Today, with gay movements achieving new triumphs, knowledge such as the “five sexes” is no longer surprising, and the diversity of human sexuality has been increasingly celebrated. Yet without educators paving the way to new knowledge, how could we have arrived at the liberation of the rights for the LGBT community? Therefore, the true value of a humanistic education should be its power to inspire positive change. Students’ exposure to various ideas and mutually challenging perspectives provide the window to open up the space for change. Focusing singularly on one tradition or one perspective would not inspire students’ courage to bring change, no matter how thoroughly we examine that tradition — because no alternative ways of thinking and doing are provided.

Furthermore, my educational upbringing in both Eastern and Western traditions has taught me how valuable it is to respect and learn from the traditions different from one’s own. As a French minor in college, in one of my French literature classes, we had to read Rousseau’s reflections on private property and how it corrupted human nature by making people more self-interested. As we read into the French Enlightenment thinker’s impassioned passages, I couldn’t help but think of the Chinese ancient philosopher, Laozi (6th century B.C.E.). Both Laozi and Rousseau believed that excessive pursuits of wealth and resources were the roots of evil in human society, and they advocated for a return to nature (ziran) and simplicity to salvage the human condition. Without forays into a different culture, how can we arrive at fascinating discoveries such as this? Without stepping outside of our cultural comfort zones and familiarizing ourselves with what’s out there, how can we see the many affinities of human thinking across regional, religious and historical divides?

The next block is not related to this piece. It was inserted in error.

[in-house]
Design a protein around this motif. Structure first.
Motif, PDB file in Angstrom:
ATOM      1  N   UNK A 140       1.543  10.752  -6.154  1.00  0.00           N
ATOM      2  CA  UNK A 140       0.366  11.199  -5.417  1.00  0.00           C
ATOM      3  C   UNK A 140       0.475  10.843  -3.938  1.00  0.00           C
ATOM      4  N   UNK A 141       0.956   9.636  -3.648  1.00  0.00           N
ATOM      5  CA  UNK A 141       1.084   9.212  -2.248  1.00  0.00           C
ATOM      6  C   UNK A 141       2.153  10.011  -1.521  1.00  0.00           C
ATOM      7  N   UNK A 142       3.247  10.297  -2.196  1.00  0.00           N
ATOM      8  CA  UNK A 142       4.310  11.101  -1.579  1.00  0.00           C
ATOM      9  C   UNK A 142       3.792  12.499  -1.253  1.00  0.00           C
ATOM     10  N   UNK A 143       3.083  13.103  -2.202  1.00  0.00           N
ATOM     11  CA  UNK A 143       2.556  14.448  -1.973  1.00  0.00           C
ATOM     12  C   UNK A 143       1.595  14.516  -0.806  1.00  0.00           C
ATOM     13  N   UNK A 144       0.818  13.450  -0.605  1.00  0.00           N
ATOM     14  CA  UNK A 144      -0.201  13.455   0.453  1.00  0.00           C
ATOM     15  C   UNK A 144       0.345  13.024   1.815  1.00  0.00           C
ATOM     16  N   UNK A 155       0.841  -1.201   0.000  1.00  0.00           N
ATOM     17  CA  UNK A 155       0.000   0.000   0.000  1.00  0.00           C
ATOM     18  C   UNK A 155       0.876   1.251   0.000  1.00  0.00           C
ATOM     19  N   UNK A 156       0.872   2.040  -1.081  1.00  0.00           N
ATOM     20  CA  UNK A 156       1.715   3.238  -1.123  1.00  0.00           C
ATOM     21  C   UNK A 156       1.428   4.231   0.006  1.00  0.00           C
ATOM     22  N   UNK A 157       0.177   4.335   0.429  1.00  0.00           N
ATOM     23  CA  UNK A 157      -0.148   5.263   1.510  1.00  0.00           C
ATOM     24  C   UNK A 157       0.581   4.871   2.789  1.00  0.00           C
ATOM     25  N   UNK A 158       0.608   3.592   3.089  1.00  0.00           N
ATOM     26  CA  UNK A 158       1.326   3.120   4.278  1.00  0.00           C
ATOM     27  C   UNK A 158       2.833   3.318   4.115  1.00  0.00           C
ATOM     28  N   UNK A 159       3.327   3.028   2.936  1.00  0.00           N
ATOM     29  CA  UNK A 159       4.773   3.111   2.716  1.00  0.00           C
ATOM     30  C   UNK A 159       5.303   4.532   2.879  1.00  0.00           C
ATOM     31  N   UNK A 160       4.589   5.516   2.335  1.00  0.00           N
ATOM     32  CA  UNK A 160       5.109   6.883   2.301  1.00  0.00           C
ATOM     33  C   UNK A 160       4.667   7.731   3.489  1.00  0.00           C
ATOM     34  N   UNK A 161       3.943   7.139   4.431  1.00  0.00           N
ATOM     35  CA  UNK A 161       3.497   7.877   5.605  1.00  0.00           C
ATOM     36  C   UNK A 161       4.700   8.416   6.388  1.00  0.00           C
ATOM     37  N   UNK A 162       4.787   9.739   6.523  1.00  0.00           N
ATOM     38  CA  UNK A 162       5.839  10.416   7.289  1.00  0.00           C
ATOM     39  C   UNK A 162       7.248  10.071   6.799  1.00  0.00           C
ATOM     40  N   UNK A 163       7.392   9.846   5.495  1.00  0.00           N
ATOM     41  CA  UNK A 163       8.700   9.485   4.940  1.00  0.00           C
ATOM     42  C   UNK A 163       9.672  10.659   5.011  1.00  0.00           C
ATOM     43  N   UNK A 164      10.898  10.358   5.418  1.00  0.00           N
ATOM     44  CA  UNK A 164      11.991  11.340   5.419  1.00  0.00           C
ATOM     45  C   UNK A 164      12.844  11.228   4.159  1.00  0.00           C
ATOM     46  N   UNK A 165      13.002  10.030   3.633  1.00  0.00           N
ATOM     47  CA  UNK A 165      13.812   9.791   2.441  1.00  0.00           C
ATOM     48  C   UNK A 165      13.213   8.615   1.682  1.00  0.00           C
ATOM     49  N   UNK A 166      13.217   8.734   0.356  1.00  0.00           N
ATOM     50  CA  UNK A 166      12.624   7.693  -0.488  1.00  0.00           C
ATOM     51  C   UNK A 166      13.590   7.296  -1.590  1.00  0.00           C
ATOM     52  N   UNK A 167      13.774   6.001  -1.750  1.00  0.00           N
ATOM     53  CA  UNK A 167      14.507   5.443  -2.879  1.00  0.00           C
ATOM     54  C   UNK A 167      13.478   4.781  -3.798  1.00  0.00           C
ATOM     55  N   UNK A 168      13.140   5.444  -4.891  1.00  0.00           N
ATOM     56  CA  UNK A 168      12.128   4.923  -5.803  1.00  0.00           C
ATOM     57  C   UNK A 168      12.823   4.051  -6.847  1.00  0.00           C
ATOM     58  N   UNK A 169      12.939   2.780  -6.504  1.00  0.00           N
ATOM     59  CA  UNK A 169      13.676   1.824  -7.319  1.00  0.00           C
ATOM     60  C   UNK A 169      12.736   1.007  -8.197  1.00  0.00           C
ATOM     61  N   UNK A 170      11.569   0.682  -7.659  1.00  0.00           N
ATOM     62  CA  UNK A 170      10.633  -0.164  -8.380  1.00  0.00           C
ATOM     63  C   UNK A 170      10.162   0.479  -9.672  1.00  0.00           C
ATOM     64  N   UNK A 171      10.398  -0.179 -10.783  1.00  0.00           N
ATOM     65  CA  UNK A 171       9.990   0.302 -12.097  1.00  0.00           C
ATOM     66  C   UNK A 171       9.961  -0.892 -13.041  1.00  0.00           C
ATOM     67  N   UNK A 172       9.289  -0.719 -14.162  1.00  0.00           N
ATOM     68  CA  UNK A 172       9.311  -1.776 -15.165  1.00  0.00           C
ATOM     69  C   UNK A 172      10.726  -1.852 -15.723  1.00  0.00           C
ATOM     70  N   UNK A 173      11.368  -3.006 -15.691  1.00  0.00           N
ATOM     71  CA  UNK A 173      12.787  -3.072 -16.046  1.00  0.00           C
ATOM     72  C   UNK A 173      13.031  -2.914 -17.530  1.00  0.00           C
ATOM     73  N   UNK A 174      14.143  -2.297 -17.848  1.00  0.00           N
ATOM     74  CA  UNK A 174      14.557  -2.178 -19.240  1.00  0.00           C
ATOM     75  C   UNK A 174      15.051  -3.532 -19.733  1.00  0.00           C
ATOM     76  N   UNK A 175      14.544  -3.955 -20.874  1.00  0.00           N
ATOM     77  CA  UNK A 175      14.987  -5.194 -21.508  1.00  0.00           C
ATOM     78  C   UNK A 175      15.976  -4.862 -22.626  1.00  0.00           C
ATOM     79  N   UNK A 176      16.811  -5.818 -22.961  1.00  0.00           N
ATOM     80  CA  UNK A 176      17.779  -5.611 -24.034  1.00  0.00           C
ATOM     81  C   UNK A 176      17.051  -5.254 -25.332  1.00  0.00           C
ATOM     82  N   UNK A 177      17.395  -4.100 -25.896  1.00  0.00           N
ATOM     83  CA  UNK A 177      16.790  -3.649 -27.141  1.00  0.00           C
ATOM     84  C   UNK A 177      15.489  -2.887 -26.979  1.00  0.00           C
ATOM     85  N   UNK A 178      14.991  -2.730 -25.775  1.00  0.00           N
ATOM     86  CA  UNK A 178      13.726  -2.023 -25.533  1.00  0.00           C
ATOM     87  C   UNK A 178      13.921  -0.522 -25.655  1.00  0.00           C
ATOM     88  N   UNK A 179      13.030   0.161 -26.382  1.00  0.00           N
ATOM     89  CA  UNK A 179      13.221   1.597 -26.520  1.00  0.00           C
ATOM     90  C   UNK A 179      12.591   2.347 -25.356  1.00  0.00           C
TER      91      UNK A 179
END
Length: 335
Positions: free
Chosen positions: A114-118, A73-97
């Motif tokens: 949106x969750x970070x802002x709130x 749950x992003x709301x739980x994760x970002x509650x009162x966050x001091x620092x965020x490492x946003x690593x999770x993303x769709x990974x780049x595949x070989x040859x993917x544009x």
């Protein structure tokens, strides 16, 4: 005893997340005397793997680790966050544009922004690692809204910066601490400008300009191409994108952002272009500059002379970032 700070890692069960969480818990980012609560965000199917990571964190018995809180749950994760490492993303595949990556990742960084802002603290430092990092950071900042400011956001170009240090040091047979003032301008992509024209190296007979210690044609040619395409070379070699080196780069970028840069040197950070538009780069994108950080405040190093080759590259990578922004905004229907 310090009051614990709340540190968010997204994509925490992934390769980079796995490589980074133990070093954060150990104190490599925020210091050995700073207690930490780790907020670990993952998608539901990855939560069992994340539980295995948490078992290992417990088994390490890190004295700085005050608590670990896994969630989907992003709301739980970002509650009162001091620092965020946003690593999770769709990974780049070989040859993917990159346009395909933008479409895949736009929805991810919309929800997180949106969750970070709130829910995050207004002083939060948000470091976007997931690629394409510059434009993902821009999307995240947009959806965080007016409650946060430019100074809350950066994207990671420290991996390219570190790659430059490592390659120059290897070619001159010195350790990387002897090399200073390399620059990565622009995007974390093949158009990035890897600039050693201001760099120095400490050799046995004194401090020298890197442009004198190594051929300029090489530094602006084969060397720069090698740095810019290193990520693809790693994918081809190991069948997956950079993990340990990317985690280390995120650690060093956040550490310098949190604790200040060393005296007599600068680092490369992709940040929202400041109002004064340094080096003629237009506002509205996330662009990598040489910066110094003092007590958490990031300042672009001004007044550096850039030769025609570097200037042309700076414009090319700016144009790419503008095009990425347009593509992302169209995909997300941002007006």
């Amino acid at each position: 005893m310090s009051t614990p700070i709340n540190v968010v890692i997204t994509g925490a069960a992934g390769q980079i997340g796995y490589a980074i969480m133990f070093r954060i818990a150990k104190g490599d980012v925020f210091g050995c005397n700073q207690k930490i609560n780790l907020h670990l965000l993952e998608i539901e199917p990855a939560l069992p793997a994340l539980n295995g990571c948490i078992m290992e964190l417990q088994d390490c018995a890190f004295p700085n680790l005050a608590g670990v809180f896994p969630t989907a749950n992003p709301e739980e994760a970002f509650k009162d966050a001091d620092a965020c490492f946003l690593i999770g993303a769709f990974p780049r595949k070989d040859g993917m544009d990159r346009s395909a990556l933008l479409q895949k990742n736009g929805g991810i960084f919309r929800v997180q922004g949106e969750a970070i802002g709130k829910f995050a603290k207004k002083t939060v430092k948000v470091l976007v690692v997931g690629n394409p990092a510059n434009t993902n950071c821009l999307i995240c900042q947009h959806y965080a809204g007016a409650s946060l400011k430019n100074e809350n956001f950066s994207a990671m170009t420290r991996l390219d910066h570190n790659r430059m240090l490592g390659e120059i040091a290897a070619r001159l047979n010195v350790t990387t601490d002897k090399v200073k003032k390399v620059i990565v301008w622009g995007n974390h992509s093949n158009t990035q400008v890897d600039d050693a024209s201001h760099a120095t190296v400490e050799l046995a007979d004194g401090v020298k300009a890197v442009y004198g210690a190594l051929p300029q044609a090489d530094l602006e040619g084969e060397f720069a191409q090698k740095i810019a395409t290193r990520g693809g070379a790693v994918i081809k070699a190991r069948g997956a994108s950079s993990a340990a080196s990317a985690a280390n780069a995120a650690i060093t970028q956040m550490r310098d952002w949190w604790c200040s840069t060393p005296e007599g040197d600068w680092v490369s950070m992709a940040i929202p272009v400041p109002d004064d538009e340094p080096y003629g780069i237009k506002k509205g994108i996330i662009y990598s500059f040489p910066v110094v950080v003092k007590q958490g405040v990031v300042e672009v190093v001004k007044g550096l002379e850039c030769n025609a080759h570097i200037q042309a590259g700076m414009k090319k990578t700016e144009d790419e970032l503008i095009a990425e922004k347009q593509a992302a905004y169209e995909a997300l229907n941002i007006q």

The more we learn about how different traditions of the world speak to each other, the more we will realize what a shared destiny we all face as humans. Daniel A. Bell, a Canadian professor teaching political philosophy at Tsinghua University in Beijing, has written extensively about how ancient China’s Confucian thought can contribute to global prosperity today. Confucian thinkers from 2,000 years ago were already envisioning a united world (datong shijie) in which there is no racial or social hierarchy, and where the old, the homeless, the widowed and the widowers would all be sheltered and taken care of. This vision of human unity is not unique to the Chinese, but finds its echoes in traditions as diverse as the Baha’i faith that originated in Persia in the 19th century.

Therefore, I firmly believe that a truly well-rounded humanistic education goes beyond committing students to one single tradition, but rather, encourages them to understand the overlaps between cultures and to address the discrepancies. An ideal humanistic education would be more than a couple of course requirements, but would offer a systematic way of thinking — it should be a powerhouse that instills students with the respect for diversity and the intelligence to understand and articulate difference.

The students who believe that learning about the essentials of Western civilization will help us better understand the current world and how to avoid past mistakes are well-intended. The problem only occurs when an exclusive or predominant focus on the West precludes the opportunity to examine and put into context why the West is what is today. Even globalization, believed by many to be a unique product of “Western culture,” is not a Western invention. The ancient Silk Road, which connected East and South Asia to Central Asia and Europe, made possible the symphonies of conversations between different cultures, religions and peoples. That was well before the Western domination of the world at the height of its colonial enterprise in the modern era.

As students of Stanford, we ought to know what had come before the West became the “ruler” of the world, and what will come next. Such knowledge cannot be obtained if not for a truly liberating, humanistic education that is unapologetically tolerant of differences and sees diversity as contributing to the integrity of humanity throughout history.

 

Contact Yanshuo Zhang at zhangys ‘at’ stanford.edu.